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Self Care Whose Responsibility?

by Rachael Millsom (follow)
SELF: Meditation, Mindfulness,Counselling and Retreats. Rachael.millsom@gmail.com www.s-e-l-f.com.au Facebook.com\RachaelatSELF
Health (126)      Wellbeing (67)      Mindfulness (61)      Self Care (37)      Responsibility (10)      Individuals (3)      Workplaces (1)      Organisations (1)      Just One Thing (1)     
It is your responsibility to look after yourself, yet work can potentially have a big impact on you so where is the line? If you are continually expected to work long hours, sit at a desk for long periods of time or work in one of the helping professions where there are emotional pressures, what is your role and what is the role of your workplace in self care?



It is a tricky question and I don’t think there is a one size fits all answer. There are so many factors both at work and away from work that can have an impact on your wellbeing. This short article aims for bring some of these factors into your awareness and hopefully to think about how you can improve your wellbeing and the wellbeing or your workplace.

Individual factors that impact on wellbeing

Factors that you as an individual can have a positive influence on that will improve your wellbeing include:
Nutrition and exercise;
Health of relationships outside of work including intimate and friendships;
Resilience and emotional health go together to increase your ability to cope with stressors;
Mindset including beliefs and living by your values;
Money Health including financial obligations and / or spending habits and saving habits; and
Outside interests including hobbies.

Workplace factors that impact on wellbeing

Factors that workplaces can have appositive influence on to improve the wellbeing of staff as well as the organisation include:
A friendly culture that asks “are you OK?” and means it can play an important role;
Level of emotional outlay required in work and the support for staff around this;
Job security;
Expected hours of work, this can sometimes be cultural; and
Opportunities for staff this may include flexible working arrangements, wellbeing initiatives, as well as relationship building activities.

Those other things that impact on an individual’s wellbeing

Sometimes it can be that you do a great job of looking after yourself and are part of a fun and understanding workplace yet you end up wondering “how did I get here?”

There are many events that you or your workplace do not have control over, or only some control over that can have a big impact on your wellbeing, some of these include:
Break down or loss of important relationships;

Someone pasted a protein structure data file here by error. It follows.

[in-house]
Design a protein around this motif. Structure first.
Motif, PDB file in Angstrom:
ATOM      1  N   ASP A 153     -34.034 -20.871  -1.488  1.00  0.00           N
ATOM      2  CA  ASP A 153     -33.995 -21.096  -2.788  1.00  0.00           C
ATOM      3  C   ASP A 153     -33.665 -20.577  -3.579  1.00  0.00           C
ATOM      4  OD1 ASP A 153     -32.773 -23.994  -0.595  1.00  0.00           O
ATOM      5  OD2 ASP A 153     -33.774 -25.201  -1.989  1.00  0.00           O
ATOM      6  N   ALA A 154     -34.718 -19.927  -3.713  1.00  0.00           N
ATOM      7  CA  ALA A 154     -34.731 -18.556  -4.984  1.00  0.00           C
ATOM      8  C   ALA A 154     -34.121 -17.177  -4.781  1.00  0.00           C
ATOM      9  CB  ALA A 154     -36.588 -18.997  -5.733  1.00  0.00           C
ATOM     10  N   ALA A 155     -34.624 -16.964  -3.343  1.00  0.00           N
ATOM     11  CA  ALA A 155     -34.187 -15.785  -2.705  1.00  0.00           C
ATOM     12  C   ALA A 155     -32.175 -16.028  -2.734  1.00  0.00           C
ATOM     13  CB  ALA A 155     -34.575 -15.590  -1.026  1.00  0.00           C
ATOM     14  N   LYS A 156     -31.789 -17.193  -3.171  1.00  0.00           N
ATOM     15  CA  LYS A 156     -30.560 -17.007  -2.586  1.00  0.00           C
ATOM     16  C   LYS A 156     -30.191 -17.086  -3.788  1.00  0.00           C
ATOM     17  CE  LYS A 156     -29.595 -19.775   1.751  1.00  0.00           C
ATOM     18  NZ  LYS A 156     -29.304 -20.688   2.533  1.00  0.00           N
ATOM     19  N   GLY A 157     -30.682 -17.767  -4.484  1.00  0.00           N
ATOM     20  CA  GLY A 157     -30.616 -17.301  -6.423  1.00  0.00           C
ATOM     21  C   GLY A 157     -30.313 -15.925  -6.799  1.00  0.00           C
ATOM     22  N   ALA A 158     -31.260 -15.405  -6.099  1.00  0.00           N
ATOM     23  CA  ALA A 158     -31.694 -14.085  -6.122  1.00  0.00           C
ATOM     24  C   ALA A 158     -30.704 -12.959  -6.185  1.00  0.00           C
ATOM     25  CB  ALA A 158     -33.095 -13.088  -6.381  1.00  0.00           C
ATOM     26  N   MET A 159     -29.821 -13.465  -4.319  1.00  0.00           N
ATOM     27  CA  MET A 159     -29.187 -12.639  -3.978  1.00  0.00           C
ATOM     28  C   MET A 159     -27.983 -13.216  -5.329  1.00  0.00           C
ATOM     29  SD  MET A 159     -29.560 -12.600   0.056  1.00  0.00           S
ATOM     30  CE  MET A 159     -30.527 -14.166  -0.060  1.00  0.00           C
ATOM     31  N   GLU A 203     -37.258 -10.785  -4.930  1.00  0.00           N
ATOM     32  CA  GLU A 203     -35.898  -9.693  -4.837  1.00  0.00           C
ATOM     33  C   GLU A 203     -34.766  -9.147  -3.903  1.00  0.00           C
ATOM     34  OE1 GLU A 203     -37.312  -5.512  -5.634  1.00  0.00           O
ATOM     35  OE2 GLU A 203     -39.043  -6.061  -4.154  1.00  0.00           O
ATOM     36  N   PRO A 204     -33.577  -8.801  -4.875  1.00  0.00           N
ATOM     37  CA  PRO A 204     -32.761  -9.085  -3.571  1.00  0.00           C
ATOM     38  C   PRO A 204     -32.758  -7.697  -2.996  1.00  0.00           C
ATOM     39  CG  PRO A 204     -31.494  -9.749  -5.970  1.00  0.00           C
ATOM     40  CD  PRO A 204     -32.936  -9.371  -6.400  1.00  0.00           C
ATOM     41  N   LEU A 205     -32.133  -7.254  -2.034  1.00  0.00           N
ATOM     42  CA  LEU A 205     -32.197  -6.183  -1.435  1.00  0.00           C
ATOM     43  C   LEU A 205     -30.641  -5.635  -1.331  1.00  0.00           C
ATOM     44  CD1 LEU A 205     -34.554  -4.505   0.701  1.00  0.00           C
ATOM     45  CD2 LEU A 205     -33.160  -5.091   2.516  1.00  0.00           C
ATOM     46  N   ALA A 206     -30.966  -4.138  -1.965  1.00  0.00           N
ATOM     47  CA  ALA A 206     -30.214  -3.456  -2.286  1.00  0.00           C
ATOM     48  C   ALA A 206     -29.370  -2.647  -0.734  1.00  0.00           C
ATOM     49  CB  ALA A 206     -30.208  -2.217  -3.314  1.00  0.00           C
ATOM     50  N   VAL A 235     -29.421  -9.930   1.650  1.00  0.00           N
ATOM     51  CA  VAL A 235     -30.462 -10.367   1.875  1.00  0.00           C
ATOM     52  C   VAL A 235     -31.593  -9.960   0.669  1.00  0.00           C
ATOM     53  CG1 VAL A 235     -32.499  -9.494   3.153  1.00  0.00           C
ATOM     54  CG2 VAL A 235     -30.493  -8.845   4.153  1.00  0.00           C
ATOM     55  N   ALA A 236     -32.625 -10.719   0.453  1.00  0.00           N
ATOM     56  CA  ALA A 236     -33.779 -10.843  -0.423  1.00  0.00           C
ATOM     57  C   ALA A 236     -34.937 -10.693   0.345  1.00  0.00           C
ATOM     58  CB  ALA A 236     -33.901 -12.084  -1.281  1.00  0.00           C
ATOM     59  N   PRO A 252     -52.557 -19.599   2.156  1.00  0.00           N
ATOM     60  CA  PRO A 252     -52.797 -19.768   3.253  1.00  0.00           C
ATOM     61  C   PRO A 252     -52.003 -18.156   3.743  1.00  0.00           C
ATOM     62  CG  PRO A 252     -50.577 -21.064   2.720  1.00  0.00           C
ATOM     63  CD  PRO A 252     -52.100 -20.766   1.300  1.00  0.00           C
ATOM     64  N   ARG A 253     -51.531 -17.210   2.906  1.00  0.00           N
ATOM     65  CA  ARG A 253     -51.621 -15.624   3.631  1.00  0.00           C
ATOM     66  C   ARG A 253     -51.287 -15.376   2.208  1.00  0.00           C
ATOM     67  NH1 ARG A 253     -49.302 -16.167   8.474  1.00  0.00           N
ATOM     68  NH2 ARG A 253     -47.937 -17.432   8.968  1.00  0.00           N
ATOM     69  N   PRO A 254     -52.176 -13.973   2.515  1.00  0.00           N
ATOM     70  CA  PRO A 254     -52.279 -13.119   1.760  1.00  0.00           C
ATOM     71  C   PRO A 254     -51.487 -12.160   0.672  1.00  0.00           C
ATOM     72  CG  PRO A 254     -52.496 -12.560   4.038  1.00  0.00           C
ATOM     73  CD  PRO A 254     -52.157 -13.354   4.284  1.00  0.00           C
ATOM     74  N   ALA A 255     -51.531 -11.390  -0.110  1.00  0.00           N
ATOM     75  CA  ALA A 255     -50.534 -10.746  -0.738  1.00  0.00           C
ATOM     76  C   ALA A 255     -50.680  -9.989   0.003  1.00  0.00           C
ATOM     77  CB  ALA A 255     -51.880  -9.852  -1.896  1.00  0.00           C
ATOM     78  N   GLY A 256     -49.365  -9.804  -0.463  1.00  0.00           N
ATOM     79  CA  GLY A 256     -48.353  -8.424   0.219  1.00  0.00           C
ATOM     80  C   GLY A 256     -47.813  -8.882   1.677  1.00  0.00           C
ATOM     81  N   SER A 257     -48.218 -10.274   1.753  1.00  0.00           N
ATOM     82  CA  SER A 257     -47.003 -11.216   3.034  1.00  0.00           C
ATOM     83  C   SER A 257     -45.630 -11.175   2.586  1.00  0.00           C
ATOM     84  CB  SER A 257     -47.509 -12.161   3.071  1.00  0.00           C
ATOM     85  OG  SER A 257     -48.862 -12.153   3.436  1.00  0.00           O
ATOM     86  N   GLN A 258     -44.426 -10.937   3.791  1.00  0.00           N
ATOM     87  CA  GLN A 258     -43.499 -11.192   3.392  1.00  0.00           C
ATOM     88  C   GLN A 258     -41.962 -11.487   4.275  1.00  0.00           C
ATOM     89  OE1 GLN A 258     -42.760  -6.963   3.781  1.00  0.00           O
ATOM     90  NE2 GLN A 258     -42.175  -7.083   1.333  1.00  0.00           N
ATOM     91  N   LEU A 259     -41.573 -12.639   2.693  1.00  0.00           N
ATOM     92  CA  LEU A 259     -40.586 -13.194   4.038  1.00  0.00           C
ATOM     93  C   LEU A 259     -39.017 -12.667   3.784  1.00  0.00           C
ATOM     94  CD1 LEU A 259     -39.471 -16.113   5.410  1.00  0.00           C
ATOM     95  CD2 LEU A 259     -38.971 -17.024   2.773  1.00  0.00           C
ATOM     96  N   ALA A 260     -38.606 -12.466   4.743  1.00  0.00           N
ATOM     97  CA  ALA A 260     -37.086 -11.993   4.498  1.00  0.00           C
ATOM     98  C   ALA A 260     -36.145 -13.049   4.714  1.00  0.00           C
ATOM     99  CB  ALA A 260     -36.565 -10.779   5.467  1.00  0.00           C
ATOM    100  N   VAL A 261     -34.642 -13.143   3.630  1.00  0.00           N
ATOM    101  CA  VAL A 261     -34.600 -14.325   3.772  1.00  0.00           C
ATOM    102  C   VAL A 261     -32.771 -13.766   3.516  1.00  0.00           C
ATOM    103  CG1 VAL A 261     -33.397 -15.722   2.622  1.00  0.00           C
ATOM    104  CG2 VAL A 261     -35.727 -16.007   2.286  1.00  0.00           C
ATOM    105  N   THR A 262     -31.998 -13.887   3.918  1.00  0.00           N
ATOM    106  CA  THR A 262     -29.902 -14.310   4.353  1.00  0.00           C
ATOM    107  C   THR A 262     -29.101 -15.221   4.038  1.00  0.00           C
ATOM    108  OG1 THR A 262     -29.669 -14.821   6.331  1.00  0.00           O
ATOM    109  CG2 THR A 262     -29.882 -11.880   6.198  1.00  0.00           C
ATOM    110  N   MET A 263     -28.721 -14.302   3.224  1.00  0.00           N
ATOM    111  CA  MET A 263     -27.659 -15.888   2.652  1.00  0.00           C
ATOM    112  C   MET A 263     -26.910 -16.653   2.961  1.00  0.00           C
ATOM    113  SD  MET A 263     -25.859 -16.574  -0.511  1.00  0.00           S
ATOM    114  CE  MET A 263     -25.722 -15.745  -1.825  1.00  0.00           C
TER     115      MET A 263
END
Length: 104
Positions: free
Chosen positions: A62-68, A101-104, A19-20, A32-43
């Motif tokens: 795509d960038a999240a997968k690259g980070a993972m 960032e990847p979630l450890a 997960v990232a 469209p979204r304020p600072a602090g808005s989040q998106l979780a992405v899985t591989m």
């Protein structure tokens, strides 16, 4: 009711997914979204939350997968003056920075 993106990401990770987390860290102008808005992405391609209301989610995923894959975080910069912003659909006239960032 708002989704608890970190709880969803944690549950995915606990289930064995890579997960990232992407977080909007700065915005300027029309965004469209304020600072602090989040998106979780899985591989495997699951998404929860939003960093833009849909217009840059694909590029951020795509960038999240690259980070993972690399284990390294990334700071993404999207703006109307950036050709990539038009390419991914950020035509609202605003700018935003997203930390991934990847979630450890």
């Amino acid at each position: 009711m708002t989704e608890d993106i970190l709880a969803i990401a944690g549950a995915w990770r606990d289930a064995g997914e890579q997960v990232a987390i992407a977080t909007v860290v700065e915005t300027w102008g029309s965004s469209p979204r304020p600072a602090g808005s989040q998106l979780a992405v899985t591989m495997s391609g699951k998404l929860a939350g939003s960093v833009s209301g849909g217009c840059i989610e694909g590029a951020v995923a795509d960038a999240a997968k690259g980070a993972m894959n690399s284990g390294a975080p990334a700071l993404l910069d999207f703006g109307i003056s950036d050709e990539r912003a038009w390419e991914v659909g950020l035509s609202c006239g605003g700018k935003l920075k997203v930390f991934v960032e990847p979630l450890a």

Events including accidents or illness;
Societal expectations or social norms;
Government policies;
Program funding and related job security; and
Other national or global issues and pressures.

Just one thing

Individual wellbeing can impact on your quality of life as well as how you perform at work. Sometimes the line is blurry at whose responsibility individual wellbeing is and it is an important conversation that individuals and organisations need to be having.

Go back and look at the list above and choose just one area that you can do something in today and moving forward that will improve your wellbeing and / or the wellbeing of the individuals at your workplace.

You could: get off one stop earlier and walk to work; take the bike instead; eat more vegies; practice mindfulness; ask yourself and others more often “are you OK?”....... Go on just one thing.

# Wellbeing
# Self Care
# Workplaces
# Organisations
# Individuals
# Just One Thing
# Health
# Mindfulness
# Responsibility
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Top Answers
This is a good question, Rachel. I once was a writer and editor for a business magazine. Never was there a job I loved more...I got to write independently, with what I considered was a good income. It was full-time. However, the director of the magazine would not pay me for up to four weeks at a time. Increasingly, I was asked to do tasks that were not in the agreed contract. Rather than it being an equitable professional job, I ultimately felt taken advantage of and resigned. This was when it was beginning to affect my health. And yet there are many times I regretted it - I was paid well and it was secure..but you need to draw the line at how far the work place can push you I think.
Yes, respect yourself. It would be nice if when anyone is in that situation they could talk to their employees to work out something suitable for both. I am a big advocate of win win. Rachael
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